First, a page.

5 Books for the National #TimeToRead Challenge!

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This week (18-22 September) the wonderful Booktrust are launching their #TimeToRead campaign, which encourages parents to find ten minutes a day to read with their child. The campaign particularly urges parents or carers not to abandon story time once the child has learned to read. Just ten minutes of shared reading time can have amazing benefits for both parent or carer and child. You can find out all about the campaign and research here and can follow along with the hashtag on social media.

We’re supporting this fantastic campaign and have put together five(-ish) recommendations of current books to read with your child for ten minutes (or more!) each day:

  1. Say Zoop! by Hervé Tullet

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Tullet’s books encourage participation from their readers as they explore and interact with the physical book in all its dimensions. Liberate your imaginations as a family, make sounds together and experience the book’s magical response. Say Zoop! is perfect for sharing some reading time in those early years and for early learning. If you enjoy this interactive board book, check out Tullet’s Press Here.

  1. Ada Twist, Scientist by Andrea Beaty & David Roberts

Ada Twist

 

Pack your ten minutes with the empowering, inspiring STEM picture book series from best-selling Andrea Beaty & David Roberts. Join Ada Twist, Scientist with her love of science, her curiosity and propensity for always asking ‘Why?’. Follow Rosie Revere, Engineer as she pursues her engineering dreams, inventing gizmos and gadgets and read about the creativity of Iggy Peck, Architect as he tries to inspire his new teacher and classmates with his inventive architecture and designs. Feeling inspired? Pair them with the companion Big Project Books for Iggy and Rosie, with Ada’s to follow next year!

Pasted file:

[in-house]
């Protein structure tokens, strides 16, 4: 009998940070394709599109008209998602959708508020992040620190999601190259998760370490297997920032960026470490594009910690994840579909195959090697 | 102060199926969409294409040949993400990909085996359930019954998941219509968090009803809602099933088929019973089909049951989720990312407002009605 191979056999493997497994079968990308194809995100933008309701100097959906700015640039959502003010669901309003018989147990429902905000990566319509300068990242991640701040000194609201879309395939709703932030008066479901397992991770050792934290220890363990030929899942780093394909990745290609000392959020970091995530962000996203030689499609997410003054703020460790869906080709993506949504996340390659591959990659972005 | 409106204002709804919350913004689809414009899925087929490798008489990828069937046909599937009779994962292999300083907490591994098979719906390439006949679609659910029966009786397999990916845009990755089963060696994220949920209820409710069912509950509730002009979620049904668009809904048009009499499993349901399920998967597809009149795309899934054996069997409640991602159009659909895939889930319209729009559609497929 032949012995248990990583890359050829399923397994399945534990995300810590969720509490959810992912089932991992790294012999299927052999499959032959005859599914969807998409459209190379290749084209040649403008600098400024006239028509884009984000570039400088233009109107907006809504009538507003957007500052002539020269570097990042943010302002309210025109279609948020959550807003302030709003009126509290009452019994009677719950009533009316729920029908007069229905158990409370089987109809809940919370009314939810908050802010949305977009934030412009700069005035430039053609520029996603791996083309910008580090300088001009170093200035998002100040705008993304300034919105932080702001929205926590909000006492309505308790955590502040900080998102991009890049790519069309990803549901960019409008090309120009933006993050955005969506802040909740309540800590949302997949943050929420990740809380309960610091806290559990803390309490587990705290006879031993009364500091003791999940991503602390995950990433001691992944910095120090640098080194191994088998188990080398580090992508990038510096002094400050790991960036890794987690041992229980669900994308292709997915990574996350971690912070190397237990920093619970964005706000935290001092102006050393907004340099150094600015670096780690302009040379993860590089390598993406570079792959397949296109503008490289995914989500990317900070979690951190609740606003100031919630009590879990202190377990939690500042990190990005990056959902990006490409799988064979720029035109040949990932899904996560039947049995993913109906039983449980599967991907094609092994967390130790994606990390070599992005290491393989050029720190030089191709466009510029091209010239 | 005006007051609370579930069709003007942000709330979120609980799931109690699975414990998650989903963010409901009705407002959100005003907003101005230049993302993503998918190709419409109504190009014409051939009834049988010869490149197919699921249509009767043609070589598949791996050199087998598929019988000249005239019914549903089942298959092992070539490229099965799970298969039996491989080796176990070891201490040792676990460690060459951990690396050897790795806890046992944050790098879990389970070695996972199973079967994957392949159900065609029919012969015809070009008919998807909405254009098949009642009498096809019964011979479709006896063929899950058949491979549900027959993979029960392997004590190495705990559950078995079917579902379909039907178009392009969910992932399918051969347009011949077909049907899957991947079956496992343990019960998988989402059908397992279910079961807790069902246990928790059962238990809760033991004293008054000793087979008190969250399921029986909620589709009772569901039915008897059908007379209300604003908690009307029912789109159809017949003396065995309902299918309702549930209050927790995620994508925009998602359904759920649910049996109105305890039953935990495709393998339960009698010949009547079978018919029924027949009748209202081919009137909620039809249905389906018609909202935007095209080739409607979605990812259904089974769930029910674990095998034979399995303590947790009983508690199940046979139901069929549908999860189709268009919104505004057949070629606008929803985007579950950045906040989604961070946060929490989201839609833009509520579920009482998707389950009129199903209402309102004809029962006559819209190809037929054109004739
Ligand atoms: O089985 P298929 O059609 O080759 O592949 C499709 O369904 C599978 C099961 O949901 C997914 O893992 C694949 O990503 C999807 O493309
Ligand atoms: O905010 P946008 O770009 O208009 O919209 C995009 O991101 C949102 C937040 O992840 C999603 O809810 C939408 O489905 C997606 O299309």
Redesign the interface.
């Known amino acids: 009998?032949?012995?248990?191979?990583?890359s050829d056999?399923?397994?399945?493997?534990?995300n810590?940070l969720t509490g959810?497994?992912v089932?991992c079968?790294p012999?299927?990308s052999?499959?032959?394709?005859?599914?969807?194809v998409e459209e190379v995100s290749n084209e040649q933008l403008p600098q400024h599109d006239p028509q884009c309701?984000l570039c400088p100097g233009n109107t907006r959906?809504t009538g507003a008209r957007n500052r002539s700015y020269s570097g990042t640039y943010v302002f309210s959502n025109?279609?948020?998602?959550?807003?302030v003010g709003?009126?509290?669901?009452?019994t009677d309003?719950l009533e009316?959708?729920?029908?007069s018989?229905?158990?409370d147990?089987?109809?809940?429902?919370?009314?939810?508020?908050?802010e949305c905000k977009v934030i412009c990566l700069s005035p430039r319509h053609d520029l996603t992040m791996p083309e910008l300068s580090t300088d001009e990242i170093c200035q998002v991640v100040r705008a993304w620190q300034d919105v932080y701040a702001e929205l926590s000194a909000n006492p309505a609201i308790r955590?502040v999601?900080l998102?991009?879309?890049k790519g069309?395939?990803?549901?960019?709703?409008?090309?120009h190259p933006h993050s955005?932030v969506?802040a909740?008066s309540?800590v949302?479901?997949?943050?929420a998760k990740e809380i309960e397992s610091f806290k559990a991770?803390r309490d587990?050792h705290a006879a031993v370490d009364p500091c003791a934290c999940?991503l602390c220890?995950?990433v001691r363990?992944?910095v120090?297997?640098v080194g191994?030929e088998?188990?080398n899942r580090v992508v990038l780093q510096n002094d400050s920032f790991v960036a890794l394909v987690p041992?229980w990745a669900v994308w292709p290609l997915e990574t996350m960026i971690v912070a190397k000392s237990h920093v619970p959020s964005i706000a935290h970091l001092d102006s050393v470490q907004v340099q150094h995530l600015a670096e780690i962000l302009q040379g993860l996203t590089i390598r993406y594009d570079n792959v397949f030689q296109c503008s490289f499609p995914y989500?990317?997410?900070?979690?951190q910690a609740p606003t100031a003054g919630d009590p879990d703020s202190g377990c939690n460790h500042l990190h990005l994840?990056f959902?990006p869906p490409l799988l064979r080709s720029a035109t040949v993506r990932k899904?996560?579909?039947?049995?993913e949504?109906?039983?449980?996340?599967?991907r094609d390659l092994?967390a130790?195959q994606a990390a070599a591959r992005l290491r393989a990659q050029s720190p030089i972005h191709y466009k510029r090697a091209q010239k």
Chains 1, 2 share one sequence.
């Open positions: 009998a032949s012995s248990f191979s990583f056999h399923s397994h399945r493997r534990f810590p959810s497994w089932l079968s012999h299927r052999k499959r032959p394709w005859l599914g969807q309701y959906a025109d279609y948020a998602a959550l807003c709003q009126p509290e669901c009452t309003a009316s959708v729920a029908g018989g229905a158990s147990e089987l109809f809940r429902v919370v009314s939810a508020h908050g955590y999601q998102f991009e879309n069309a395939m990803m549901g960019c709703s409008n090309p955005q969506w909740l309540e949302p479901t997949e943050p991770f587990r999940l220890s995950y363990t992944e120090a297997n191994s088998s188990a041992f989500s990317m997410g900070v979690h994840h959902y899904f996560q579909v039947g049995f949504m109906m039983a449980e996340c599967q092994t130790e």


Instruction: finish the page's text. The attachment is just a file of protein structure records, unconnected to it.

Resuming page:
3. Wordless Picture Books: Professional Crocodile & Lines

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Wordless picture books are great for shared and repeat readings, with new details to be found in each re-visit. Both adult and child can work together to interpret and interact with the art. Try the clever and witty Professional Crocodile by Giovanna Zoboli (illus. Mariachiara Di Giorgio) or the poignant Lines by Suzy Lee. The latter starts from a simple pencil line, morphing into different scenes, following the trail and story of a young skater. You’ll find yourself coming back to this format again and again over the years.

4. The Frank Einstein series by Jon Scieszka (illus. Brian Biggs)

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With the final book due next year, now is the perfect time to catch up on the Frank Einstein series! Frank loves to tinker, build and take things apart. He loves to observe, hypothesise, experiment and invent. He’s a kid genius, who also occasionally has to thwart evil doomsday plans when things go wrong. These adventures are packed full of humour and a good dose of zany science-fuelled shenanigans. (Ages 8-12)

  1. Lumberjanes: Unicorn Power! by Mariko Tamaki and BOOM! (illus. Brooke Allen)